Chancellor Michael F. Collins with Zhiping Weng and Li Weibo
A gift from the Li Weibo Charitable Foundation to establish a newly endowed chair at UMass Medical School will support research initiatives that advance the fundamental understanding of human biological systems and offer new and innovative pathways to treat human disease.
“Thanks to the continued generosity of the Li Weibo Charitable Foundation, the UMass Board of Trustees has approved the establishment of the Li Weibo Chair in Biomedical Research,” Chancellor Michael F. Collins announced at a ceremony in the Albert Sherman Center on Friday, May 11. “We are humbled and energized by the emphatic support shown to UMass Medical School by Li Weibo, whose leadership gift to create The Li Weibo Institute for Rare Diseases Research has already begun to catalyze research collaborations and new investigations among our gifted faculty.”
“It is altogether fitting that the inaugural holder of the Li Weibo Chair in Biomedical Research will be Zhiping Weng, PhD, professor of biochemistry & molecular pharmacology and director of the Program in Bioinformatics & Integrative Biology,” said Terence R. Flotte, MD, the Celia and Isaac Haidak Professor of Medical Education, executive deputy chancellor, provost and dean of the School of Medicine. “Dr. Weng has been a transformative member of the faculty working in a field that is transforming biomedical research; this acknowledgment her accomplishments and the potential for her future impact is an example of the power of investing in our great faculty and this great academic health sciences center.”
Dr. Weng joined the UMMS faculty in 2008, recruited to lead the new Program in Bioinformatics & Integrative Biology, where she has built a novel research program and established UMMS as a leader in the field. She is a principal investigator of the ENCODE Consortium and leads its data analysis center. She is also a member of the data analysis center of the psychENCODE Consortium. Her research is supported by $6 million in competitive grant funding and her publication record—more than 225 publications in the preeminent journals in the sciences—is, according to Dean Flotte, enviable. “We deeply admire her contributions to our academic mission.”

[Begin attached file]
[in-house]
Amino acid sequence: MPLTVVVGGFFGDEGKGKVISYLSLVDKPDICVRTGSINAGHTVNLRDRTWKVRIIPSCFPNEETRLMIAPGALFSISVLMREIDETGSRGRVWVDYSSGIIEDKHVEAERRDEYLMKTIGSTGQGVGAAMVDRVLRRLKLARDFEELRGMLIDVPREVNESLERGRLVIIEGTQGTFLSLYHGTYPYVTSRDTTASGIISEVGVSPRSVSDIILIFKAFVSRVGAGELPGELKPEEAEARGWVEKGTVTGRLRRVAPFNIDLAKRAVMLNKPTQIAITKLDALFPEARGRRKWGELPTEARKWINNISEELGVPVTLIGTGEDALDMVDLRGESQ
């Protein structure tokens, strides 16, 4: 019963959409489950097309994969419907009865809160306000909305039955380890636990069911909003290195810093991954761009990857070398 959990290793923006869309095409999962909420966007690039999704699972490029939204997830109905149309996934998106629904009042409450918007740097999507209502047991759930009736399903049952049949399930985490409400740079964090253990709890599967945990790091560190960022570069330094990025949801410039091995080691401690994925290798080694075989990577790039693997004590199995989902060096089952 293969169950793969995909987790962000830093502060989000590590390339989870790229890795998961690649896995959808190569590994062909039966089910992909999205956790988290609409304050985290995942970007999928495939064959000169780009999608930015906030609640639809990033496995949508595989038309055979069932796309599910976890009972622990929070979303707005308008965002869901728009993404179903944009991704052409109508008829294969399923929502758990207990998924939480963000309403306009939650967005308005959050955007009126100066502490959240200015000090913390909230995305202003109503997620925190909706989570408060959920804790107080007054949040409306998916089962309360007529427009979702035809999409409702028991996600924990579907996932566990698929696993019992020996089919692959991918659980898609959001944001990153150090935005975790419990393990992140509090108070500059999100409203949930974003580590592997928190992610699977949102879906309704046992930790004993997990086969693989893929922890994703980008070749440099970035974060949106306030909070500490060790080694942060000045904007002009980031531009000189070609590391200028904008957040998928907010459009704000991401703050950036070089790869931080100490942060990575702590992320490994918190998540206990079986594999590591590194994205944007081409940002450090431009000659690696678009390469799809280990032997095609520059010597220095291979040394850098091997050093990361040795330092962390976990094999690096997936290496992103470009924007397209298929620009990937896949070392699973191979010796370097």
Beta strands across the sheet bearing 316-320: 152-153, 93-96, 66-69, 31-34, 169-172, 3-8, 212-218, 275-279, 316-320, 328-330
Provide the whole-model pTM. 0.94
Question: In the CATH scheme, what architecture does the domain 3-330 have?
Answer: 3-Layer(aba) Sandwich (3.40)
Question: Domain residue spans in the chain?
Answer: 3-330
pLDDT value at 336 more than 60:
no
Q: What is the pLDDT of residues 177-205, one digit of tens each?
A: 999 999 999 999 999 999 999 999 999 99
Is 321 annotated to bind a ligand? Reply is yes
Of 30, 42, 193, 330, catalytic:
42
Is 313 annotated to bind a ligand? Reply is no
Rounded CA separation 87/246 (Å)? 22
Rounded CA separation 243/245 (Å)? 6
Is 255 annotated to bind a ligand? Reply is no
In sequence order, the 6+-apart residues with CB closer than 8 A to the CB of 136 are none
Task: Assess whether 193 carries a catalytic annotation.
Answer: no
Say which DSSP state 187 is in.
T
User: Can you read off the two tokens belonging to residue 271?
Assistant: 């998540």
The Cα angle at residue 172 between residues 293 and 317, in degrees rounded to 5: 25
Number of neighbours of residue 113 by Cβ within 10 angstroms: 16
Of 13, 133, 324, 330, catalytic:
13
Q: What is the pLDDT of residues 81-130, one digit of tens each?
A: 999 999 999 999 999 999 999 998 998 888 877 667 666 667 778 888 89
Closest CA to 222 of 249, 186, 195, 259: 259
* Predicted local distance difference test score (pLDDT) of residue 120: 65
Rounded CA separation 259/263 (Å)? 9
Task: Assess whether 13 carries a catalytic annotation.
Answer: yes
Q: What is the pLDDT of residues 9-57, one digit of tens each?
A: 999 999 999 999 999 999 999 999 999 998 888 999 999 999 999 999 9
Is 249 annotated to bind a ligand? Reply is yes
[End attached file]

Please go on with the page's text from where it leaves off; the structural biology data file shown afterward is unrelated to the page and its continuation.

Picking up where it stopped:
Weng thanked Li Weibo for his generosity and Chancellor Collins, Dean Flotte and her colleagues for their support.
“I’m very humbled and very honored to be here and so grateful for the generous gift from Chairman Li to UMass Medical School,” she said. “I met him a year ago at dinner at the chancellor’s house and I have since interacted with him a few times and he has impressed all of us with his business acumen and efficiency and his dedication to science and medicine and also to alleviating human suffering.
I’m confident that the partnership that he has bridged with UMass Medical School will enable us to do great things and make a big difference.”
Li Weibo, chairman and CEO of The Glory Harvest Group of Shenzhen, China, and The Li Weibo Charitable Foundation of Hong Kong, said he identified in UMMS a research enterprise that shares his deep commitment to the development of applied biomedical science to solve the challenges of illness and disease.
“My team and I at Glory Harvest Group are chasing our dream together, for a better world and better human health,” he said, through a translator. “I’m looking forward to this opportunity to work together with UMass Medical School.”
In addition to the newly endowed chair and the $10 million gift that launched The Li Weibo Institute for Rare Diseases Research, Li Weibo also provided $750,000 to support Graduate School of Biomedical Sciences scholarships to students from China.
“On behalf of my colleagues here today and our entire medical school, I want to convey to you our profound gratitude for believing in us and for partnering with our institution as we work together with you to change the course of the history of disease,” Collins said to Li Weibo. “Your support, confidence and partnership inspire all of us. By working together there is no limit to what we can accomplish.”
Related story on UMassMedNow:
UMass Medical School announces The Li Weibo (李伟波) Institute for Rare Diseases Research